Dummy Predator Birds
Life size plastic replicas of North American Eagle Owls (530mm high), Little Owls (240mm high), and flying falcons (wing span 530mm) are available. These do not work just left on a ledge on their own as is so often done. In these circumstances, pest birds will soon become accustomed to them and use them as a windbreak, a sunshade or even a perch. However, plastic owls have been found to be useful as part of a managed scaring strategy. For example, they have been used in conjunction with distress call systems (see below) to help deter starlings from daytime feeding areas on farms. In this strategy, the owls are regularly moved around the site to different ‘perches’ so that the starlings do not become habituated to them.
Silhouettes of predator birds can be fixed to large areas of glass to help prevent birds flying into them. However, it is not thought that these have any effect on deterring birds from actually landing on the glass (if it’s horizontal or gently sloping) once they know what it is.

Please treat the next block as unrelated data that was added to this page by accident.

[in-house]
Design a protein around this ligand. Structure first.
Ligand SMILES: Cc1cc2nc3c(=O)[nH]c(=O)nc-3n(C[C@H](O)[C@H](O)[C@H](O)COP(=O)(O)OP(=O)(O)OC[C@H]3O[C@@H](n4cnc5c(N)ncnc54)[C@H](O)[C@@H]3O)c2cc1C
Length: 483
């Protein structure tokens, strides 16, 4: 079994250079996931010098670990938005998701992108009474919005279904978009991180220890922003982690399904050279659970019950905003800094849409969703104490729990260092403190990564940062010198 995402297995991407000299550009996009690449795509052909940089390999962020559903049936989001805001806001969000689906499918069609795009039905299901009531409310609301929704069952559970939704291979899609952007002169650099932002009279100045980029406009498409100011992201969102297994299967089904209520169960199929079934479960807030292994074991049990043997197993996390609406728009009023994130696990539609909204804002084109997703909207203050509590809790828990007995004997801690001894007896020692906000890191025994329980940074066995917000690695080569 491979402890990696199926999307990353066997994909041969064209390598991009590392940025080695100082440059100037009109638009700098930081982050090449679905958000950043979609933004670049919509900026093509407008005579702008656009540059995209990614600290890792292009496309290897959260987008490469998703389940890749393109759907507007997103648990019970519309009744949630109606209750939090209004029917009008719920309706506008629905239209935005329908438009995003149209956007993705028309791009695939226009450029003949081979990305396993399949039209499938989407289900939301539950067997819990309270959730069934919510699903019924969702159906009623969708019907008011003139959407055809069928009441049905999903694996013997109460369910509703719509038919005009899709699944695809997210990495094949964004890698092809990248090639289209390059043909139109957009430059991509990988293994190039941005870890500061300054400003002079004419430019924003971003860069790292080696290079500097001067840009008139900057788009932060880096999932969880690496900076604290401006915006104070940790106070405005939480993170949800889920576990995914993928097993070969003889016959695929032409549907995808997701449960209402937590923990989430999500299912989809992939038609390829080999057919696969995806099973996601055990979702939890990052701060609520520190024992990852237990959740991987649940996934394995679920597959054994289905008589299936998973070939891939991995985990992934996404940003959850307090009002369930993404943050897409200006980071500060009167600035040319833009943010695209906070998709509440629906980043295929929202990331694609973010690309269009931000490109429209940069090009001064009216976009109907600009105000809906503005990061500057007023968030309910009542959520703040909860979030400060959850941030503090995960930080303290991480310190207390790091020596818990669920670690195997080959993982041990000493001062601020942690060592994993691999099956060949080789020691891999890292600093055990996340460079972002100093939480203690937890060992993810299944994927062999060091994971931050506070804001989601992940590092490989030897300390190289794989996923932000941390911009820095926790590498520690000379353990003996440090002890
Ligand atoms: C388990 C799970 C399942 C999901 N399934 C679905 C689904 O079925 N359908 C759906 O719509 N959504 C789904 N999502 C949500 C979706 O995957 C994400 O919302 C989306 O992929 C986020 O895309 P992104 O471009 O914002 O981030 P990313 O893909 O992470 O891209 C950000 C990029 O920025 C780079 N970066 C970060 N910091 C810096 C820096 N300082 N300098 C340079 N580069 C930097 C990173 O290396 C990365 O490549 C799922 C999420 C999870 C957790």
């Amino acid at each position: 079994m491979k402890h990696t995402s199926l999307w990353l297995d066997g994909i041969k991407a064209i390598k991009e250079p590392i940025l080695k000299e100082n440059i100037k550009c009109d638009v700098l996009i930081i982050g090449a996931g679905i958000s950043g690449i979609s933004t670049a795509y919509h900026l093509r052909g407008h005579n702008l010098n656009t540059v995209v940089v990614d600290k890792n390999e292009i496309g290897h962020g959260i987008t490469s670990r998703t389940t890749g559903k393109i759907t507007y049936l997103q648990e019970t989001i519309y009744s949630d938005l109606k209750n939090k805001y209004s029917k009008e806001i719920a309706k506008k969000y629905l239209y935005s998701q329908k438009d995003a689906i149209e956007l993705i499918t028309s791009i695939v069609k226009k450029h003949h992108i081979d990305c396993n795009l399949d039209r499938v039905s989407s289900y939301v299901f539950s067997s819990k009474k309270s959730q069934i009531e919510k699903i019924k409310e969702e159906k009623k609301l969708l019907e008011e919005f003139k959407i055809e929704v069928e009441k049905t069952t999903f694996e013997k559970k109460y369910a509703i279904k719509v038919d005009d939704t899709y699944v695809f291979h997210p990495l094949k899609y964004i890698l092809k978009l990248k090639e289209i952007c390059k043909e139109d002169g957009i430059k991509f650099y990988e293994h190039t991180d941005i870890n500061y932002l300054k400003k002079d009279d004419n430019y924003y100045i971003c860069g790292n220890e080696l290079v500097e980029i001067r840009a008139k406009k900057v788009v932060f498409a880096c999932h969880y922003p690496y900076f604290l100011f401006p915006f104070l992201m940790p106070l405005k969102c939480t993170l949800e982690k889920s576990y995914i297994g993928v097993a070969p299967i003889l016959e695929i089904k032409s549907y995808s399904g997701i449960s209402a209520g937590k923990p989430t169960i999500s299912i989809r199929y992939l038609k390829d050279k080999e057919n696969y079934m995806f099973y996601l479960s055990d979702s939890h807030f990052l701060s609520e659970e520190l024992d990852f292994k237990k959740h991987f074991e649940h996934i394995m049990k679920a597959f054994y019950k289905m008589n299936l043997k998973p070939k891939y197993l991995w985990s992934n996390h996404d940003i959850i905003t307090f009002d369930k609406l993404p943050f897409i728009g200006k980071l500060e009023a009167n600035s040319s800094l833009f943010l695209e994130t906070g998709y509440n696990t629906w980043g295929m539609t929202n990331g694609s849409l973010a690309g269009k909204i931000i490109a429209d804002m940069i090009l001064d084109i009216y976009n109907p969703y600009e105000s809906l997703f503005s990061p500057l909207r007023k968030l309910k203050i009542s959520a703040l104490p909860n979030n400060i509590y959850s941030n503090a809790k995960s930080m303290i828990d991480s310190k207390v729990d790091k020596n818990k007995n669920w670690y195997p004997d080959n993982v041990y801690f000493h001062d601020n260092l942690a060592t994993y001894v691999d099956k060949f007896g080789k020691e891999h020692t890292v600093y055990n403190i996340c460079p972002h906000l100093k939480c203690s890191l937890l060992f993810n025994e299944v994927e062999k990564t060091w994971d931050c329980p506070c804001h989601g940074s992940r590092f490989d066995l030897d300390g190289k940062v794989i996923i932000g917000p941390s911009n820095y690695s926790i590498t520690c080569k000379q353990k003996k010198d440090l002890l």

Predator Eye Balloons
These are plastic balloons that can be inflated with air to approximately 430mm diameter, and suspended from trees etc. They are brightly coloured with large ‘eyes’ on them and they are reported to have some effect at scaring away garden birds. Due to their appearance however, they would not normally be considered appropriate for adorning buildings, so their effect against urban pest species is unknown.
Combining scary shape and movement appears to have some effect e.g. kites shaped like a bird of prey and suspended from a string and waved around; or kites attached to helium filled balloons that make them ‘hover’ in the wind. However, these systems are very labour intensive, and not commonly used for urban bird control.